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Monday, 27 September 1993
Page: 1148

Senator WATSON —My question is directed to the Minister representing the Treasurer. Are not the car parking measures confusing, in that from 1 April 1994—which, incidentally, is April Fools' Day—the self-employed will be allowed to claim for the cost of parking at a meter in the street, providing the taxpayer meets the provisions of section 51(1), but can be denied a claim if parked off the street? Is not this assessment of the law correct?

Senator McMULLAN —I always enjoy the opportunity to discuss the matters of arcane tax principle and its administration with Senator Watson. It is important for people to realise that there was an anomaly which needed to be addressed with regard to car parking by self-employed persons. Let me make it clear what the circumstance is. That cost of parking by self-employed persons will no longer be deductible for income tax purposes where the parking is at or in the vicinity of the person's place of work; the car is being used by the person for travel between home and work; the car is parked there for more than four hours in total between 7 a.m. and 7 p.m.; and the car is parked within one kilometre of an all-day commercial parking facility.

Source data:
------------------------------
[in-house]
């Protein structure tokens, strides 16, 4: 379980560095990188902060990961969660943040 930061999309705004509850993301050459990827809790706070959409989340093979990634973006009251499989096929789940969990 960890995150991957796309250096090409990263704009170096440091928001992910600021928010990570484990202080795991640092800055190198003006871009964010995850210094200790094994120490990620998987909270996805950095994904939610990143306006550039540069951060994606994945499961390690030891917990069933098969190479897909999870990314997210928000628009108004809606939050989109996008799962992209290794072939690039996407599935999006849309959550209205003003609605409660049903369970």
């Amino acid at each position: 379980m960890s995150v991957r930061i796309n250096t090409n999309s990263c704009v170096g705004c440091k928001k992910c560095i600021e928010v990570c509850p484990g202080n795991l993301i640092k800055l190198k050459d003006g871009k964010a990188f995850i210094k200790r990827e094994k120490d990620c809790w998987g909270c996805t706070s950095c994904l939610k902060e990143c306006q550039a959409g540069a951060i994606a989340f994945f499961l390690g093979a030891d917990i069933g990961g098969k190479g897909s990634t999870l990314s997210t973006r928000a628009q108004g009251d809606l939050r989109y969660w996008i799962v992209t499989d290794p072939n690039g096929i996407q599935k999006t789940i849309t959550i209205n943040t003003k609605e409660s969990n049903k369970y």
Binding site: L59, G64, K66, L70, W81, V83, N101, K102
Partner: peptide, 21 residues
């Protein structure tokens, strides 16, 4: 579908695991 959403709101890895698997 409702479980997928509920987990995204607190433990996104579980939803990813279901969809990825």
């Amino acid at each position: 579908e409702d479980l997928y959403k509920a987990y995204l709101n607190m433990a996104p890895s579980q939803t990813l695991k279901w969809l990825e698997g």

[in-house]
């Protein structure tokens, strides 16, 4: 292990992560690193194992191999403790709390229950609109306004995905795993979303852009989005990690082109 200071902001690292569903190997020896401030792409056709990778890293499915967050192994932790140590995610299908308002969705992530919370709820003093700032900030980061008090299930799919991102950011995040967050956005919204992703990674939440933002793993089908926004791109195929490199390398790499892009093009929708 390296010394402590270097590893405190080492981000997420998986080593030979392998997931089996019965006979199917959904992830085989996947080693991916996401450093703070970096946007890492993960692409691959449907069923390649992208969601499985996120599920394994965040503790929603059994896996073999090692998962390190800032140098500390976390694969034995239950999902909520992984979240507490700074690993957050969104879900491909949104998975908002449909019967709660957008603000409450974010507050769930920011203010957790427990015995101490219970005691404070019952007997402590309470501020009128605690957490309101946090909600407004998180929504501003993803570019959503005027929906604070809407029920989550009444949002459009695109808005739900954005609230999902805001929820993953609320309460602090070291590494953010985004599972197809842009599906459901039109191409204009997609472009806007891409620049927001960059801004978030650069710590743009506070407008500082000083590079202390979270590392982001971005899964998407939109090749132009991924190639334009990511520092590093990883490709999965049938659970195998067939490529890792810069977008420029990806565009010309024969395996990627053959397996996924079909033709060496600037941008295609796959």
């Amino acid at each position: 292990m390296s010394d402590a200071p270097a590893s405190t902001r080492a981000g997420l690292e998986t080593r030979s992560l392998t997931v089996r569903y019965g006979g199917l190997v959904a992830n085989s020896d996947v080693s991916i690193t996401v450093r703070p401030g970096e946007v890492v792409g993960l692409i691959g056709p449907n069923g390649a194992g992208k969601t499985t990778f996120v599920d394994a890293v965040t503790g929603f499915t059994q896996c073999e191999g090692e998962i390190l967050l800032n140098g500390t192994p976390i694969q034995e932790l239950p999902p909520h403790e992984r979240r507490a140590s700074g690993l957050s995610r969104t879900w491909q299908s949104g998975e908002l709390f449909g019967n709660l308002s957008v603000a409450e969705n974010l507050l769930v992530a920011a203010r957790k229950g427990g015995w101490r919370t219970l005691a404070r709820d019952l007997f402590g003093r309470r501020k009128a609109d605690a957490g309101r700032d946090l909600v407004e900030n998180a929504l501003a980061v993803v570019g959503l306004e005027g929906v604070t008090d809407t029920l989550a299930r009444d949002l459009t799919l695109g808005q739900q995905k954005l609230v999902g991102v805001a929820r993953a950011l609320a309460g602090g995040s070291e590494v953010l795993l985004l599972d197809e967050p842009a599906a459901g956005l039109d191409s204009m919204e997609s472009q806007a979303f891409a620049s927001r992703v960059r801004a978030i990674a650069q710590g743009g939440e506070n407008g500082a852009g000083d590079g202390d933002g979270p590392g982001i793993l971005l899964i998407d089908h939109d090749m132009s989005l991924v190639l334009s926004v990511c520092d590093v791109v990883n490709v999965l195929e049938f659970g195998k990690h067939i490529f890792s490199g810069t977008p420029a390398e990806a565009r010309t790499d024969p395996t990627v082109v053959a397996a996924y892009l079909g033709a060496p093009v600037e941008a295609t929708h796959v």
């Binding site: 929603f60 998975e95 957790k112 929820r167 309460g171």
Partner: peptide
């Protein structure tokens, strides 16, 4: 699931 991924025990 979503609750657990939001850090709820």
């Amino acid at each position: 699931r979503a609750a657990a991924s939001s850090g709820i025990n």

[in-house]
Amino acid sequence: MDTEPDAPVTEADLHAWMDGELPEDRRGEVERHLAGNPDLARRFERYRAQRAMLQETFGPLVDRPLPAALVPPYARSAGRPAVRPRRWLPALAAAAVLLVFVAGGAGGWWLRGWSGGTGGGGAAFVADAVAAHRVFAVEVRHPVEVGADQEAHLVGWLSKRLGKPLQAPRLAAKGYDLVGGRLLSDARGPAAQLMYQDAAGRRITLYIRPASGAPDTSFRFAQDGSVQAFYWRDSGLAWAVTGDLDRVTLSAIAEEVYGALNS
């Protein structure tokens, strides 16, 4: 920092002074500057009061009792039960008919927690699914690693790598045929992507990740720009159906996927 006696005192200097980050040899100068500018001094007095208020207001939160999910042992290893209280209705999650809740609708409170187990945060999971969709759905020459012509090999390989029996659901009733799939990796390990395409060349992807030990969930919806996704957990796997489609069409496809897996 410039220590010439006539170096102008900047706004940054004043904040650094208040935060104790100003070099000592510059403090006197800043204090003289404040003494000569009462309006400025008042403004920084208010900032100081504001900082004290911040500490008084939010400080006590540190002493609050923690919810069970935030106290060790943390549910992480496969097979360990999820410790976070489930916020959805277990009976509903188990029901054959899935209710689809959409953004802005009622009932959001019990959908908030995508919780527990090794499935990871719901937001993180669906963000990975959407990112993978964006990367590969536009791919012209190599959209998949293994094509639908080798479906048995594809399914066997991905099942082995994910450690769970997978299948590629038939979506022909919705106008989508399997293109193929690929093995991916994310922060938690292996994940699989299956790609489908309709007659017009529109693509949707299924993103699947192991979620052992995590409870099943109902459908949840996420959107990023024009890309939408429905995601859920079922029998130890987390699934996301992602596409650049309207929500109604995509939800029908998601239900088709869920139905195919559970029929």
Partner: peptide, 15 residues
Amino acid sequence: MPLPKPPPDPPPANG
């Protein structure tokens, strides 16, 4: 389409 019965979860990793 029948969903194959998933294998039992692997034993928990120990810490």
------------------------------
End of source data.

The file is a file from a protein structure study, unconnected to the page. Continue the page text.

Senator Watson and Senator Kernot, with whom we discussed similar car parking legislation at some length last year, both here and in the committee, will be somewhat familiar with those qualifying conditions because they have a certain familiar ring to them. It is probably appropriate that we should put the taxation of car parking by self-employed persons on a similar footing to car parking for employees.

  The conditions under which parking by the self-employed will be non-deductible are the same as those which make it subject to the FBT. Therefore, because those conditions are the same, it will not be more complex or confusing than the minimum requirement to deal with what is a complex circumstance. People utilise this benefit in a wide variety of ways. Therefore, we cannot have a simple tax measure that will equitably address the very different ranges of circumstances in which people find themselves and which the government and the tax office would have to deal with in setting a proper framework for dealing with what is a very complex situation, particularly with regard to employees subject to FBT.

  It is a complex situation, but complexity of arrangement is not a justification for making something exempt from the proper tax arrangements. Otherwise, we are simply recreating the situation where the people with the best tax accountants pay the least tax rather than tax according to income. Although simplicity in tax is a desirable objective, equity is also a very necessary element. Therefore, we will continue to have to balance those different elements of the tax situation. I do not think it is more complex than the minimum necessary for implementing this equitable measure.